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Title: The role of PAK6 in HGF-induced prostate cancer cell migration
Author: Fram, Sally
Awarding Body: King's College London (University of London)
Current Institution: King's College London (University of London)
Date of Award: 2012
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Cell migration plays a significant role in carcinoma metastasis in which cancer cells move from the primary site and establish tumours at a secondary location. During tumour progression cancer cells can assume a migratory phenotype which is characterised by cell-cell dissociation and single cells adopting a migratory morphology. Hepatocyte growth factor (HGF) signalling is known to induce cell-cell dissociation and is associated with prostate carcinoma progression. HGF-induced cell-cell dissociation and migration require the activity of the Rho family GTPases Rho A, Racl and Cdc42 and their effector proteins, p21-activated kinases (PAKs), which are a family of mammalian serine/threonine protein kinases. PAK6, a PAK family member, is over-expressed in prostate cancer but little is known about its function in cells. This project investigated the potential role of PAK6 downstream of HGF in DU145 colony-forming prostate cancer cells. These cells exhibit prominent epithelial-cadherin (E-cadherin)-associated cell-cell junctions and ’scatter’ upon HGF stimulation. Studies described here show that HGF addition increases PAK6 autophosphorylation and that PAK6 depletion inhibits HGF-induced DU145 cell scattering where these cells retain junctional E-cadherin. Moreover, PAK6 over-expression induces cell elongation and colony escape in unstimulated DU145 cells and PAK6 localises to E-cadherin positive cell junctions. Functional studies identified IQ motif containing GTPase activating protein 1 (IQGAP1) as a PAK6 binding partner in DU145 cells. Furthermore, PAK6 interacts with IQGAP1 in an HGF-dependent manner and both proteins act synergistically to induce cell colony escape. Additional studies suggest a complex relationship between IQGAP1, PAK6 and E-cadherin during HGF-induced junctional disassembly where IQGAP1 mediates PAK6 activity.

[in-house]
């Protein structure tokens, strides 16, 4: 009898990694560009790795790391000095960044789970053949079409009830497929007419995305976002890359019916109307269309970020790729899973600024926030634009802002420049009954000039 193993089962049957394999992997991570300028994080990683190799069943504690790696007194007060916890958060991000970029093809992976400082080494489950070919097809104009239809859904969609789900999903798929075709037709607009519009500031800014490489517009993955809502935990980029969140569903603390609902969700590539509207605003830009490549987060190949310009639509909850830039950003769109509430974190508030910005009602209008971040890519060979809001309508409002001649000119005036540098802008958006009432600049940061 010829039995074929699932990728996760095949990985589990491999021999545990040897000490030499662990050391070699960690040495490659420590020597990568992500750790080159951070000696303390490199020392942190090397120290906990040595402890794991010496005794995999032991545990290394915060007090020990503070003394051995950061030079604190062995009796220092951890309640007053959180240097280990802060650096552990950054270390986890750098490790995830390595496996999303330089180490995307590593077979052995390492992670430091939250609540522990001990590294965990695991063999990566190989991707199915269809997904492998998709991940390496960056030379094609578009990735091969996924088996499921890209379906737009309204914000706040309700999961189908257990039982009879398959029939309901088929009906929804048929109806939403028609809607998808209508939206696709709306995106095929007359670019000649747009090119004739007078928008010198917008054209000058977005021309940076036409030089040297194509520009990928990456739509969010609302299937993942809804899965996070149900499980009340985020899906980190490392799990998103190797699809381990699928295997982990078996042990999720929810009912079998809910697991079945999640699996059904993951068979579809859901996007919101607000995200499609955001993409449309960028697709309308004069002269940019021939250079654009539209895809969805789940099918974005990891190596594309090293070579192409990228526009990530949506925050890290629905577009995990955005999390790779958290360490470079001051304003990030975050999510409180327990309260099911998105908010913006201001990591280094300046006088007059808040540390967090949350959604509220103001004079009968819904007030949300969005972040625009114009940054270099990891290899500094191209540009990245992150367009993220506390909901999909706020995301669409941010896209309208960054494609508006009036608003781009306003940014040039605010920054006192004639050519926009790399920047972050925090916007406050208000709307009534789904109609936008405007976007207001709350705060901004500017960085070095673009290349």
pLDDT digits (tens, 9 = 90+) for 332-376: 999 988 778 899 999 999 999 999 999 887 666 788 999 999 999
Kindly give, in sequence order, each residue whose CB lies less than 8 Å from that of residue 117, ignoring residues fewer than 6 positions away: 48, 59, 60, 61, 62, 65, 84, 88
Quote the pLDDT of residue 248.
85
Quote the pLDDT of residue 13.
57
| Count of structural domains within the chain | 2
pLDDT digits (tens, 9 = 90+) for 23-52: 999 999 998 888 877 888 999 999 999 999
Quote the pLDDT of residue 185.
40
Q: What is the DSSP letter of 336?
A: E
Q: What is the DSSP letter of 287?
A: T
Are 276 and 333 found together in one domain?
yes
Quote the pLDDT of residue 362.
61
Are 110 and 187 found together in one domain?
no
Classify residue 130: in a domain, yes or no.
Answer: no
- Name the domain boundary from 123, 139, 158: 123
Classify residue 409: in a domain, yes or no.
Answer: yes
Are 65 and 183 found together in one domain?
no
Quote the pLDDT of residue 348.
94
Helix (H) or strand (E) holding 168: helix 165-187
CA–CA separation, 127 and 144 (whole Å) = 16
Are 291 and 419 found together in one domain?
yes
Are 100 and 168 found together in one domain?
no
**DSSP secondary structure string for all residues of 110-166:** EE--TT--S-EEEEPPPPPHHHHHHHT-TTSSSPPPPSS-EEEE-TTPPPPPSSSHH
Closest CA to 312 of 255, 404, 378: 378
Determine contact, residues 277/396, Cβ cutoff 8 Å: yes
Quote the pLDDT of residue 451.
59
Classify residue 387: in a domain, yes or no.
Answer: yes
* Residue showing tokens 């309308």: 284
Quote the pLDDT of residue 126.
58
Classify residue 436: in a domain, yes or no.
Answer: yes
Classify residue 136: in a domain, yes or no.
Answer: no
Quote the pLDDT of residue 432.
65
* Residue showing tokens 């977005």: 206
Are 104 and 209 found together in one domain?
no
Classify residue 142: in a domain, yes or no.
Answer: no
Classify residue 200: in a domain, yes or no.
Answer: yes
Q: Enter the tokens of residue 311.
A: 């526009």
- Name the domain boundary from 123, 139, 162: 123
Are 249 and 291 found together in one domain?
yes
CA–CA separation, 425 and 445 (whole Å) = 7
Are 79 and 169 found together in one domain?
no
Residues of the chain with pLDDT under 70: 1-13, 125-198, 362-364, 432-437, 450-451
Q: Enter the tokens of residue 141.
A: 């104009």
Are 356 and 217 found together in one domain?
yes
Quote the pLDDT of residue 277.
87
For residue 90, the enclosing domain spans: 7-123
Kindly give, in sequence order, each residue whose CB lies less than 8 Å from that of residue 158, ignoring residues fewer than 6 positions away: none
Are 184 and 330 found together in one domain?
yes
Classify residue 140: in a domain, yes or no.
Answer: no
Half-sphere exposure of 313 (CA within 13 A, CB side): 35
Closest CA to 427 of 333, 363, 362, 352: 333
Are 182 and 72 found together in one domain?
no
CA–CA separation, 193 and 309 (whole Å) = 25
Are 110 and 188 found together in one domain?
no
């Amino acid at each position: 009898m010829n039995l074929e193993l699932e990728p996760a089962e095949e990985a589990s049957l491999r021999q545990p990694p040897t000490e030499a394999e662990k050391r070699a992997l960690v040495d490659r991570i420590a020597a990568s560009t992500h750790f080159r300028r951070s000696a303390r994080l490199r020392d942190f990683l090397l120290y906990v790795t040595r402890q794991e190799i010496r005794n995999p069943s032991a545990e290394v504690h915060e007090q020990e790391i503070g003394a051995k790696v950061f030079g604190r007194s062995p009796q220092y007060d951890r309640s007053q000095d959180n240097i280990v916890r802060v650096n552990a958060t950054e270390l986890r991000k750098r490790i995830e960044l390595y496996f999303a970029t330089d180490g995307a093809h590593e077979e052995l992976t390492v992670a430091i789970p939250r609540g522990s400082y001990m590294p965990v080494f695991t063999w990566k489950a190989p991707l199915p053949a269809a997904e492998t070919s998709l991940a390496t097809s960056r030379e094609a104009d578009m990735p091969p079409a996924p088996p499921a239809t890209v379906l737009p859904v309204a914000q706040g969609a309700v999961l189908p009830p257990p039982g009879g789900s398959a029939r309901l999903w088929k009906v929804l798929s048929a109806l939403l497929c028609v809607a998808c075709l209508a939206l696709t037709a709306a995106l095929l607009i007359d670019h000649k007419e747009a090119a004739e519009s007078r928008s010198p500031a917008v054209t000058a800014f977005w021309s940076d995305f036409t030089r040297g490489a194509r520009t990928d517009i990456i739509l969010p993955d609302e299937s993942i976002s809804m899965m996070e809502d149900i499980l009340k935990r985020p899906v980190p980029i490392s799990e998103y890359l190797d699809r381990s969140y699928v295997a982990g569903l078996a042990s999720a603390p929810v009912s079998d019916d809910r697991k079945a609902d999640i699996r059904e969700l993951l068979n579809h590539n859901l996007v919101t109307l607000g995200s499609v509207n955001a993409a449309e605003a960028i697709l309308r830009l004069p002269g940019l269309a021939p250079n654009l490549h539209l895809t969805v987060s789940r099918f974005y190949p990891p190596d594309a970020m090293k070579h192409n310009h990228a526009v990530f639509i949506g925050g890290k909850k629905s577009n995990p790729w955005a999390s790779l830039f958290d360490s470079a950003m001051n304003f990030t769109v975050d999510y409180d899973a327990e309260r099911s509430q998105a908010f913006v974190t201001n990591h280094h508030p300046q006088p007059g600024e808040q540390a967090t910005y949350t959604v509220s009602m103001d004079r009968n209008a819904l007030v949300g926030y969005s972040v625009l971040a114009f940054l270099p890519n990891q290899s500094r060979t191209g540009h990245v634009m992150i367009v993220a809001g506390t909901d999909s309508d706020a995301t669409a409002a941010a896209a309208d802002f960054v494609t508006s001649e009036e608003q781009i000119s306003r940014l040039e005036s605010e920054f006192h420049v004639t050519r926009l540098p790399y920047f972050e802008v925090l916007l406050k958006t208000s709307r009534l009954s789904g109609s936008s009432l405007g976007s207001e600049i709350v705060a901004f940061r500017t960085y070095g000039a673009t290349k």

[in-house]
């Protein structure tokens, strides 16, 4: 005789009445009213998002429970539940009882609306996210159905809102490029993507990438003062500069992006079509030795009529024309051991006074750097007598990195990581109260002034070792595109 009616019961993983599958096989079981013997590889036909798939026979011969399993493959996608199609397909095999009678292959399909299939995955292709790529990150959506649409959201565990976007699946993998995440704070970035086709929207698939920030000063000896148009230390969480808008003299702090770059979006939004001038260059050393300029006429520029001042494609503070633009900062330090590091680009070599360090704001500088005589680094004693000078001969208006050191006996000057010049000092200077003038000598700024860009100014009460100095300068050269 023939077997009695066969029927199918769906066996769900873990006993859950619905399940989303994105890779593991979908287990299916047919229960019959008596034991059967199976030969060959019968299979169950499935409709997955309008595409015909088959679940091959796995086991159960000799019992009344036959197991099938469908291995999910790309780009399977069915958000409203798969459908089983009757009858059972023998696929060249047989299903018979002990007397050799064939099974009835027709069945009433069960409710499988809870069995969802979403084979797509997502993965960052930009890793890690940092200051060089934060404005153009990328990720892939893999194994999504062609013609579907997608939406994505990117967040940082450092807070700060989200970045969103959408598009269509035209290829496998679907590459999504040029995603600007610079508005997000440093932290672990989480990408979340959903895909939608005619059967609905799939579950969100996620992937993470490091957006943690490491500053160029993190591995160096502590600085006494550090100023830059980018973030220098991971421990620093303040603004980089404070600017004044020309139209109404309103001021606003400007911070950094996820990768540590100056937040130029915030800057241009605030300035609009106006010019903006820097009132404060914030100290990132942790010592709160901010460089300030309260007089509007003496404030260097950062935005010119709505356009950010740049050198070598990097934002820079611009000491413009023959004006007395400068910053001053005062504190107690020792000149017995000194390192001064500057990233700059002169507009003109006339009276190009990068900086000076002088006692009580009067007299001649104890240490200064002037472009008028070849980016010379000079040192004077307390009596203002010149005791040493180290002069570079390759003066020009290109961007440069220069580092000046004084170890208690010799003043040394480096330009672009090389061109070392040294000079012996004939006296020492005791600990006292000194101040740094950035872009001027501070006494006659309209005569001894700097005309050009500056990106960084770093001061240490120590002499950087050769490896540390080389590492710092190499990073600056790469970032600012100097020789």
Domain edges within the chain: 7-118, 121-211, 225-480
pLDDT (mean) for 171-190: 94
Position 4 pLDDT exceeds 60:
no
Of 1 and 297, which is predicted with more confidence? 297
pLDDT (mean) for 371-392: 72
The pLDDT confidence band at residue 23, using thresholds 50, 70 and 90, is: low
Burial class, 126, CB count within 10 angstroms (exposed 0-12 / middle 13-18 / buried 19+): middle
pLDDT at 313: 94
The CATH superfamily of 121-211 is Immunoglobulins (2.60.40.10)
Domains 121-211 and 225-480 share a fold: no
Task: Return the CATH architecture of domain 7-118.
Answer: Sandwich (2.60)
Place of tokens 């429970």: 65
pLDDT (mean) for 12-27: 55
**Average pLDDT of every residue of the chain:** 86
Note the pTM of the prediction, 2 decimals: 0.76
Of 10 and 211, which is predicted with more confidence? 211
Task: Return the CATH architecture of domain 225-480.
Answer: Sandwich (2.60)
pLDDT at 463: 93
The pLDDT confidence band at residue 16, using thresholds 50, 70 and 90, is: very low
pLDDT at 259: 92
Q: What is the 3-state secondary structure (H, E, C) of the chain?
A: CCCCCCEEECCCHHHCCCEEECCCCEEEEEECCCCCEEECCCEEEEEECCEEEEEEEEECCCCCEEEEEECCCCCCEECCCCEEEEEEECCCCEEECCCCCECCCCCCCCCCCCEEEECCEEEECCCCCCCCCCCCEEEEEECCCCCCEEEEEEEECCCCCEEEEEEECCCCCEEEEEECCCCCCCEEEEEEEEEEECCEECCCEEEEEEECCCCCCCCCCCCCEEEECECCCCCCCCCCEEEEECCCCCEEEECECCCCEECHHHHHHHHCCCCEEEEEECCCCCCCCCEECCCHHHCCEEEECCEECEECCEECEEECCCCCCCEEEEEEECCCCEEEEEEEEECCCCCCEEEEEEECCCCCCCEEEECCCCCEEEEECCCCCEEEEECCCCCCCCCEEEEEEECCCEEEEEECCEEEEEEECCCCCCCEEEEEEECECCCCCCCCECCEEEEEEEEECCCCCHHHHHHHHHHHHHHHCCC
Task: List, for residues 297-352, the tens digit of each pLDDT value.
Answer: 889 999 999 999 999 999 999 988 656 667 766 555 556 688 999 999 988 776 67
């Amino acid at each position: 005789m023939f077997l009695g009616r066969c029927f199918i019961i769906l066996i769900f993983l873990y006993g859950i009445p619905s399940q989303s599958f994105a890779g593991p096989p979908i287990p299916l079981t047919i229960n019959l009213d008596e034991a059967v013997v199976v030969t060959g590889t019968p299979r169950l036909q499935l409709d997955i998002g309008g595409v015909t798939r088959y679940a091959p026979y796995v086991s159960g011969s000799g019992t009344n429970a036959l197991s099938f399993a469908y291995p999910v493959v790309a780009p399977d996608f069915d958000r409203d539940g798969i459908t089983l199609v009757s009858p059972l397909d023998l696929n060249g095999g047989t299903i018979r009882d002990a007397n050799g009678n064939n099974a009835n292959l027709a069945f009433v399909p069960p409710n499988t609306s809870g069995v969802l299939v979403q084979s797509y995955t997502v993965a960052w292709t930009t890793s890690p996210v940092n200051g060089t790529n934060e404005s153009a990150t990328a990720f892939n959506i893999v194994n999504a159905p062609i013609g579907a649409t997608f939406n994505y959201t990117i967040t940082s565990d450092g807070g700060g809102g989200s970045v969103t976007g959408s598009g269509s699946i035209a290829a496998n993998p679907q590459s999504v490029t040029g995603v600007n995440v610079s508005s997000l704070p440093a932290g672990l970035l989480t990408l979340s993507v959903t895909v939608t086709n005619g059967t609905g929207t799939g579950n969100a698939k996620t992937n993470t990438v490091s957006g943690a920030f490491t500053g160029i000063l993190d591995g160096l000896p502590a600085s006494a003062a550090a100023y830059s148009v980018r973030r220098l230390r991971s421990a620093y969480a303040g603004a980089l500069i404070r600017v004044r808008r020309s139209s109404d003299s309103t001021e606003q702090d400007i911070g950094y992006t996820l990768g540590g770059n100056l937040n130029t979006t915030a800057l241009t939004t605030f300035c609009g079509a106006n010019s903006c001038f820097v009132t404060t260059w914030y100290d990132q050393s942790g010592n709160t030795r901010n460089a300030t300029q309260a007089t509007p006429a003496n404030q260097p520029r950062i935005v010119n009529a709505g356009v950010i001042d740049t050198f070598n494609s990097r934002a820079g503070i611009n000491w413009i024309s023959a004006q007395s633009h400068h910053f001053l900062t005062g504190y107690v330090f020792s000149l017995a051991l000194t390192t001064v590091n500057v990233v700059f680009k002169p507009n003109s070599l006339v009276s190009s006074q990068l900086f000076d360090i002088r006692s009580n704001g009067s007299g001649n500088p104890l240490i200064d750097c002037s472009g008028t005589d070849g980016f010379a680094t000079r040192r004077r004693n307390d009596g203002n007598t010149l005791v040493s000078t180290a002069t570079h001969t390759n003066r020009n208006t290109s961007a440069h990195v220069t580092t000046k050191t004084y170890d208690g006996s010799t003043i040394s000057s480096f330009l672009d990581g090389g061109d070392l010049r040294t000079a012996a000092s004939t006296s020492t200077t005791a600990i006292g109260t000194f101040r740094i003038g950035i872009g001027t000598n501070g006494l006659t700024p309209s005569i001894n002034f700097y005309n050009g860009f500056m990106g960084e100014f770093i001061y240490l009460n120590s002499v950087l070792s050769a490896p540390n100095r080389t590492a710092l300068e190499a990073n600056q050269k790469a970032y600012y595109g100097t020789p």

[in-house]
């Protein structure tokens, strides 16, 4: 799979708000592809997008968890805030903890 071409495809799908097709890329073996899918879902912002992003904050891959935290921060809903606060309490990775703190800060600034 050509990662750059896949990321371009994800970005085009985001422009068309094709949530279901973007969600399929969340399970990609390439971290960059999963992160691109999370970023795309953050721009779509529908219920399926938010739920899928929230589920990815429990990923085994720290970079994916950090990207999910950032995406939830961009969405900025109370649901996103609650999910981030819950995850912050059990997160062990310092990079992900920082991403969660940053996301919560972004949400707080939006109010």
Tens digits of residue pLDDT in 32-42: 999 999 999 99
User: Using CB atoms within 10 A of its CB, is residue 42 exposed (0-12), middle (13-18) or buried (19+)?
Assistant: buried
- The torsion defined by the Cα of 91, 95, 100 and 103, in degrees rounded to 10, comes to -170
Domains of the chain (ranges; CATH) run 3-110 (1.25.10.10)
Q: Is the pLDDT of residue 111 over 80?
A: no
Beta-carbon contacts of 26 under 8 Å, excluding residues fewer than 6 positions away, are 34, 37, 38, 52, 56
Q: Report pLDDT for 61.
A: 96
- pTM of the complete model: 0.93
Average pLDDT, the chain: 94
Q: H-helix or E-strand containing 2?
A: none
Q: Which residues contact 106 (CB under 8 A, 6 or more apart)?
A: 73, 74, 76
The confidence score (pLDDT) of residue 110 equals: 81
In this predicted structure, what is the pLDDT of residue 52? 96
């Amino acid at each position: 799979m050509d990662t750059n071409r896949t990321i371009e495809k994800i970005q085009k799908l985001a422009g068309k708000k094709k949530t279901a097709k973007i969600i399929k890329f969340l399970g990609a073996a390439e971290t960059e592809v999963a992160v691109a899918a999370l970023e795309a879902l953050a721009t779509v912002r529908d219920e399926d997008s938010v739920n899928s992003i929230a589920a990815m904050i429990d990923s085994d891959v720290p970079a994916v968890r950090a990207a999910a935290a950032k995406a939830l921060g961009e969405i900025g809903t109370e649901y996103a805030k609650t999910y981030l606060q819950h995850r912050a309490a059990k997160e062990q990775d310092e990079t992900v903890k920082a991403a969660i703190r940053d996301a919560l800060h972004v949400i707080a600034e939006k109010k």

Supervisor: Not available Sponsor: Not available
Qualification Name: Thesis (Ph.D.) Qualification Level: Doctoral
EThOS ID:  DOI: Not available